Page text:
A drugs trafficker was spared reformative training even after an appeals court found that it had been wrong to just sentence him to probation.
As Adith Sarvotham, 18, had already served a good part of his probation term by the time his appeal was heard in April, it would have been unfair to re-sentence him.
Chief Justice Sundaresh Menon said there would be an "element of double punishment".
He also issued guidelines to ensure such appeals are no longer delayed to the point which would result in the offender serving most of his sentence.
Adith had pleaded guilty last year to consuming and growing cannabis as well as trafficking. He was sentenced by the district court to three years' probation, which included 240 hours of community service and 12 months' residence at a prescribed hostel.
Prosecutors appealed to the High Court arguing that the probation order was inadequate and called for reformative training instead.
Such trainees spend up to 36 months behind bars under a special regime for offenders aged under 21.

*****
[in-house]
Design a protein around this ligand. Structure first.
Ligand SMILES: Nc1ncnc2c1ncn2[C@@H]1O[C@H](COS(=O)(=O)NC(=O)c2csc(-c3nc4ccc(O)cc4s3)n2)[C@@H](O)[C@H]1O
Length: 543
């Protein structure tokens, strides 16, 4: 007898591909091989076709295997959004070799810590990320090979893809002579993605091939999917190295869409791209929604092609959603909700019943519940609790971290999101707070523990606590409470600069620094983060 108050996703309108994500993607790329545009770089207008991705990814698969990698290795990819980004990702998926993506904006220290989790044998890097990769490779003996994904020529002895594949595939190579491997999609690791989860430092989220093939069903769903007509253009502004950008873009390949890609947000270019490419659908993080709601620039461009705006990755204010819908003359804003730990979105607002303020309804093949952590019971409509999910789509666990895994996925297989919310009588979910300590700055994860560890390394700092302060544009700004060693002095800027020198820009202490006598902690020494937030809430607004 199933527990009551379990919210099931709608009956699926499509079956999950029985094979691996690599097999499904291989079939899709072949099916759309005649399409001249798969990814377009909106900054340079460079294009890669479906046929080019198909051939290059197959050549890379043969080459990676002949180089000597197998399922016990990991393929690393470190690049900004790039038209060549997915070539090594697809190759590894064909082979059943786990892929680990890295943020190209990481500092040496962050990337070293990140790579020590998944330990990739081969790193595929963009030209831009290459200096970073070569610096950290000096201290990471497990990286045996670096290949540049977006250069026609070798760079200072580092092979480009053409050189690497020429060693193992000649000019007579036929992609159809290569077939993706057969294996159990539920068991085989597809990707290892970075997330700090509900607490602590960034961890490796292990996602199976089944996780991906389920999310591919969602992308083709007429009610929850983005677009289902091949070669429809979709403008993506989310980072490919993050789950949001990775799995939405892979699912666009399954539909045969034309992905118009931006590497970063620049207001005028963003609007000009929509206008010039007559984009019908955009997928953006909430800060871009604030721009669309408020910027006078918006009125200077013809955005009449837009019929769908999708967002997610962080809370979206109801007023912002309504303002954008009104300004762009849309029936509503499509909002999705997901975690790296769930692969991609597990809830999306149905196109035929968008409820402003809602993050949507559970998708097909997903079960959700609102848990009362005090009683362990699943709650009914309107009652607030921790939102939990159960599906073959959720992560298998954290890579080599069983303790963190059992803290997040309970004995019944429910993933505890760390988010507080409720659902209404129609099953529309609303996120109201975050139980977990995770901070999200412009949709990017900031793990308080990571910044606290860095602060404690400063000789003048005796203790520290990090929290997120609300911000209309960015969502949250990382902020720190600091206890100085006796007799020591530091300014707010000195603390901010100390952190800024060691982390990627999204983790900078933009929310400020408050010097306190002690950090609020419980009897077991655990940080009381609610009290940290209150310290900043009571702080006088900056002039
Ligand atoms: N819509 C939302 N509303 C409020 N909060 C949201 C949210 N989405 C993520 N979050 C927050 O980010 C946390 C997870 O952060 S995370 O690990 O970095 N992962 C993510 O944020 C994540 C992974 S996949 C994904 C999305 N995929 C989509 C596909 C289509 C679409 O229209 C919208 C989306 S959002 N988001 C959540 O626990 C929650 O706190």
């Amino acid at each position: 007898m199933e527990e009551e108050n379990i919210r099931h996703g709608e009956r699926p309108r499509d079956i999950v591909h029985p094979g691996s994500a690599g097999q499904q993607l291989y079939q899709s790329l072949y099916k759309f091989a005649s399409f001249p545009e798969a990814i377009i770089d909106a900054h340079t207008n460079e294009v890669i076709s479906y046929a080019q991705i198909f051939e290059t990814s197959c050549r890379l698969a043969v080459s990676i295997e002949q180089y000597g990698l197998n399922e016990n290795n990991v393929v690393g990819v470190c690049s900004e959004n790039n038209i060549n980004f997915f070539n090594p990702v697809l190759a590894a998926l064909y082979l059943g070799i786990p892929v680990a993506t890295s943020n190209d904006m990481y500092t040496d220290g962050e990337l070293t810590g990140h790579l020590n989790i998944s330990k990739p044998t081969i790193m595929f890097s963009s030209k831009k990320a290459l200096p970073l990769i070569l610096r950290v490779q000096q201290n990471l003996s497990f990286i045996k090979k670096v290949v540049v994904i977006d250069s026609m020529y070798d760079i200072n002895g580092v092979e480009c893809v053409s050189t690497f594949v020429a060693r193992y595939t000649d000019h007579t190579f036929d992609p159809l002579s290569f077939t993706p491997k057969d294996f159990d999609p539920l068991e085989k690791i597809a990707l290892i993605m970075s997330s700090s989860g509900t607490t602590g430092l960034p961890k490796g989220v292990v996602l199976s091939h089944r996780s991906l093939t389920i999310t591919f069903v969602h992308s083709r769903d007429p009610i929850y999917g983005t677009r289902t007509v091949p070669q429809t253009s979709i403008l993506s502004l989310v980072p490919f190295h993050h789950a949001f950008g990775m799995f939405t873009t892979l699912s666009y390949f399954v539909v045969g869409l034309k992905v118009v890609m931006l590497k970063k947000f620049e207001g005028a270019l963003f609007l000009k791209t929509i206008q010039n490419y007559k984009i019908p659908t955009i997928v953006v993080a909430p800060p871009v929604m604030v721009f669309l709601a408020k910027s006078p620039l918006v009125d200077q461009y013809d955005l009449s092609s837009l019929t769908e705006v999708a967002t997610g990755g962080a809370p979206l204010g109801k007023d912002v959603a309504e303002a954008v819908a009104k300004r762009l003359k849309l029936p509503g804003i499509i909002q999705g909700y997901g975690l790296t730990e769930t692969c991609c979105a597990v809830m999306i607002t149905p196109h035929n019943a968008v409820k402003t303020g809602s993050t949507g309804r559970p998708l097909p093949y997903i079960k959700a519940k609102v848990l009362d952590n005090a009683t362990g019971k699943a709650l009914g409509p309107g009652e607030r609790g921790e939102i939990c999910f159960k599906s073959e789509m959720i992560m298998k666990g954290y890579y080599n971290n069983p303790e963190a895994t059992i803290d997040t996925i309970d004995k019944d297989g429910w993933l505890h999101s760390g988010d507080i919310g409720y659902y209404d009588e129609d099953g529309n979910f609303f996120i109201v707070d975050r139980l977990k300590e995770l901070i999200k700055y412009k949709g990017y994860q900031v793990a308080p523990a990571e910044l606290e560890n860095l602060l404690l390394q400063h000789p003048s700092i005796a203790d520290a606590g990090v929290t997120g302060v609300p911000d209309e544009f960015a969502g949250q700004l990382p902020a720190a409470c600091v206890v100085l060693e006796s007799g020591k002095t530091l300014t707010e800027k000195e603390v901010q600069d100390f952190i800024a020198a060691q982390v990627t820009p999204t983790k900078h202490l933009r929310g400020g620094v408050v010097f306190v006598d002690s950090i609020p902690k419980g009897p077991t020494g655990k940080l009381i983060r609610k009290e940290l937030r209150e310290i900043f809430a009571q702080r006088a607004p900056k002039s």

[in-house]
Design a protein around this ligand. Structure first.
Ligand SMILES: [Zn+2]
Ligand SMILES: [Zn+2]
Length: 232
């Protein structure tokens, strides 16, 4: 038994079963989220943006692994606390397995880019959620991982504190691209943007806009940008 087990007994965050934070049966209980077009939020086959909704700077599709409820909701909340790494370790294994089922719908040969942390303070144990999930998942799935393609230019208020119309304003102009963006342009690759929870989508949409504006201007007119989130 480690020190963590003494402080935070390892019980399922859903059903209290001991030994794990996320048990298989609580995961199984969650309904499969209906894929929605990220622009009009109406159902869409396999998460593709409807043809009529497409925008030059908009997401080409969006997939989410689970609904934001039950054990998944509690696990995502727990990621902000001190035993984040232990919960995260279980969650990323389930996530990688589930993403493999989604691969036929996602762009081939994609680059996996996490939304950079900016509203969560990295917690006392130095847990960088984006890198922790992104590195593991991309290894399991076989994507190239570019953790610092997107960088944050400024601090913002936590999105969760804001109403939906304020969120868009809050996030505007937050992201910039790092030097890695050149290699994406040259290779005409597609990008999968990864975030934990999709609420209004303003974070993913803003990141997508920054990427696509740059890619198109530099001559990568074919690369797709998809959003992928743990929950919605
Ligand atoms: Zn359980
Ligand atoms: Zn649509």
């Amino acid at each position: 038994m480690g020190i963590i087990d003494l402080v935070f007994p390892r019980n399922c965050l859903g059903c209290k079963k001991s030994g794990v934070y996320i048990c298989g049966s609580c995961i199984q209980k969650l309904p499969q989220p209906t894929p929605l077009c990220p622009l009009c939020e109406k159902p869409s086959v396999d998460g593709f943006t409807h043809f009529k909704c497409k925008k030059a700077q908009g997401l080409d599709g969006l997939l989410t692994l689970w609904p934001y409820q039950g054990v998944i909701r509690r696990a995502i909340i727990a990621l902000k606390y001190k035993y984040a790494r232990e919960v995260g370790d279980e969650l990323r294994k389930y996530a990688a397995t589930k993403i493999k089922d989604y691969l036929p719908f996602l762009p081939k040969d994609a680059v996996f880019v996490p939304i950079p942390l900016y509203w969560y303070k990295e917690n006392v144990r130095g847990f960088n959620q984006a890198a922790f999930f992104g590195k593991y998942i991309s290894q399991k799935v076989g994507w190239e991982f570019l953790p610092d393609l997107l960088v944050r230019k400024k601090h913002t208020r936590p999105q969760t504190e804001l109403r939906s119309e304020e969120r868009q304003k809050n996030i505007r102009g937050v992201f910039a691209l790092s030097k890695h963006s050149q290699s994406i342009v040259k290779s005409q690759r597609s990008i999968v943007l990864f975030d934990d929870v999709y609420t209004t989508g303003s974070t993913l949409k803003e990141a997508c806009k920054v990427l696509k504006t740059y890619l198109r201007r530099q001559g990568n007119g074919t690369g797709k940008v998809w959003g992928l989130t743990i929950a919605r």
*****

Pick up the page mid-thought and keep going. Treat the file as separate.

In judgment grounds released yesterday, CJ Menon agreed that the "litany of serious offences" committed would ordinarily have justified reformative training. "There was nothing exceptional about the facts presented which suggested that (Adith)'s capacity for rehabilitation was so demonstrably high that a term of probation would be sufficient."
But CJ Menon found himself in a "quandary" as Adith had already served some six months of his probation term in The New Charis Mission residential facility and was in remand for the preceding six months before he was sentenced. He had had also completed the 240 hours of community service.
CJ Menon cited two other cases where the offenders were sentenced to probation but the court declined to change the sentence as they had already served part of their probation by the time the appeal was heard.
In Adith's case, prosecutors had last November sought a stay of the probation pending their appeal. This was turned down by the same district judge who gave the sentence.
To prevent a recurrence, CJ Menon made it clear that the court deciding the application for a stay should weigh the prosecution's case against how prejudicial it would be for the offender to delay the start of sentence.
Among other things, the appeal could be heard on an urgent basis if a stay of the sentence ordered would prejudice the convicted offender.
Said CJ Menon: "(Adith) should consider himself extremely fortunate in the circumstances and at the conclusion of the appeal, I urged him to make the best of this opportunity and to turn over a new leaf."
This article was first published on May 29, 2014.
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